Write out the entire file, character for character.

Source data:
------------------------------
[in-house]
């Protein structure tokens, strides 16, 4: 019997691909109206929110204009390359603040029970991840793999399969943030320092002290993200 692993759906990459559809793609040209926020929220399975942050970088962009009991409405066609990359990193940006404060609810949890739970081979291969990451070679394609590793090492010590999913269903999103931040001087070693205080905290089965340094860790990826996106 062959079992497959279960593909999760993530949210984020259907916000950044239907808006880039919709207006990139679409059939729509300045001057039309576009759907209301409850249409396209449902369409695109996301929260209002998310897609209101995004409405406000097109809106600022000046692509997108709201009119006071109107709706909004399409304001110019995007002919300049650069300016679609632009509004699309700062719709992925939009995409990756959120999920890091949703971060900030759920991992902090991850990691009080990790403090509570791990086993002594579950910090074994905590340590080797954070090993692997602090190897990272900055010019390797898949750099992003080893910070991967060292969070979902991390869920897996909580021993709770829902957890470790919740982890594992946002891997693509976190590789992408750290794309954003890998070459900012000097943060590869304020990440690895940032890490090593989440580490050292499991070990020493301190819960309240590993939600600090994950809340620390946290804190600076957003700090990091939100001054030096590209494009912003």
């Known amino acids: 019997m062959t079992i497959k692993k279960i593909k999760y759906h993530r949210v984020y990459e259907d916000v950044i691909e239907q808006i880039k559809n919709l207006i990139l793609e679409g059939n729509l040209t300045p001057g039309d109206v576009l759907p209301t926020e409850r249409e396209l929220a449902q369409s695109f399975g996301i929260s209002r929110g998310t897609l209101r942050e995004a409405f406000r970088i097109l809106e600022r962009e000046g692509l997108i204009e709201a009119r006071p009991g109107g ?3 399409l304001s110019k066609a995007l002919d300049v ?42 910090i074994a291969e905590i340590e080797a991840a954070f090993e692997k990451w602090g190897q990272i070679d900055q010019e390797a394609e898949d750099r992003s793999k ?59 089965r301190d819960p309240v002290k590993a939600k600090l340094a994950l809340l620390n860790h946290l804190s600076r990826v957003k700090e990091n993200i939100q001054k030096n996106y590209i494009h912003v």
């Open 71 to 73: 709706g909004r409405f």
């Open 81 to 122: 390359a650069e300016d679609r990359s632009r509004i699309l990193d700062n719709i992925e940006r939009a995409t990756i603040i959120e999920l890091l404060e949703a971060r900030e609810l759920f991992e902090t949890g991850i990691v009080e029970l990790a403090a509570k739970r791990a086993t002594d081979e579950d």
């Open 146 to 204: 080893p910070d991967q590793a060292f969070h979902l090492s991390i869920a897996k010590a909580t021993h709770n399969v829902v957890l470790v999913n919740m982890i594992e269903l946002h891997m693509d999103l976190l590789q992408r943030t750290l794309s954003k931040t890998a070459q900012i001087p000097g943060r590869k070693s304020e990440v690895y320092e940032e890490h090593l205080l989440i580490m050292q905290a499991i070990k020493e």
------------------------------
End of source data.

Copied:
[in-house]
């Protein structure tokens, strides 16, 4: 019997691909109206929110204009390359603040029970991840793999399969943030320092002290993200 692993759906990459559809793609040209926020929220399975942050970088962009009991409405066609990359990193940006404060609810949890739970081979291969990451070679394609590793090492010590999913269903999103931040001087070693205080905290089965340094860790990826996106 062959079992497959279960593909999760993530949210984020259907916000950044239907808006880039919709207006990139679409059939729509300045001057039309576009759907209301409850249409396209449902369409695109996301929260209002998310897609209101995004409405406000097109809106600022000046692509997108709201009119006071109107709706909004399409304001110019995007002919300049650069300016679609632009509004699309700062719709992925939009995409990756959120999920890091949703971060900030759920991992902090991850990691009080990790403090509570791990086993002594579950910090074994905590340590080797954070090993692997602090190897990272900055010019390797898949750099992003080893910070991967060292969070979902991390869920897996909580021993709770829902957890470790919740982890594992946002891997693509976190590789992408750290794309954003890998070459900012000097943060590869304020990440690895940032890490090593989440580490050292499991070990020493301190819960309240590993939600600090994950809340620390946290804190600076957003700090990091939100001054030096590209494009912003």
């Known amino acids: 019997m062959t079992i497959k692993k279960i593909k999760y759906h993530r949210v984020y990459e259907d916000v950044i691909e239907q808006i880039k559809n919709l207006i990139l793609e679409g059939n729509l040209t300045p001057g039309d109206v576009l759907p209301t926020e409850r249409e396209l929220a449902q369409s695109f399975g996301i929260s209002r929110g998310t897609l209101r942050e995004a409405f406000r970088i097109l809106e600022r962009e000046g692509l997108i204009e709201a009119r006071p009991g109107g ?3 399409l304001s110019k066609a995007l002919d300049v ?42 910090i074994a291969e905590i340590e080797a991840a954070f090993e692997k990451w602090g190897q990272i070679d900055q010019e390797a394609e898949d750099r992003s793999k ?59 089965r301190d819960p309240v002290k590993a939600k600090l340094a994950l809340l620390n860790h946290l804190s600076r990826v957003k700090e990091n993200i939100q001054k030096n996106y590209i494009h912003v």
């Open 71 to 73: 709706g909004r409405f």
């Open 81 to 122: 390359a650069e300016d679609r990359s632009r509004i699309l990193d700062n719709i992925e940006r939009a995409t990756i603040i959120e999920l890091l404060e949703a971060r900030e609810l759920f991992e902090t949890g991850i990691v009080e029970l990790a403090a509570k739970r791990a086993t002594d081979e579950d």
């Open 146 to 204: 080893p910070d991967q590793a060292f969070h979902l090492s991390i869920a897996k010590a909580t021993h709770n399969v829902v957890l470790v999913n919740m982890i594992e269903l946002h891997m693509d999103l976190l590789q992408r943030t750290l794309s954003k931040t890998a070459q900012i001087p000097g943060r590869k070693s304020e990440v690895y320092e940032e890490h090593l205080l989440i580490m050292q905290a499991i070990k020493e």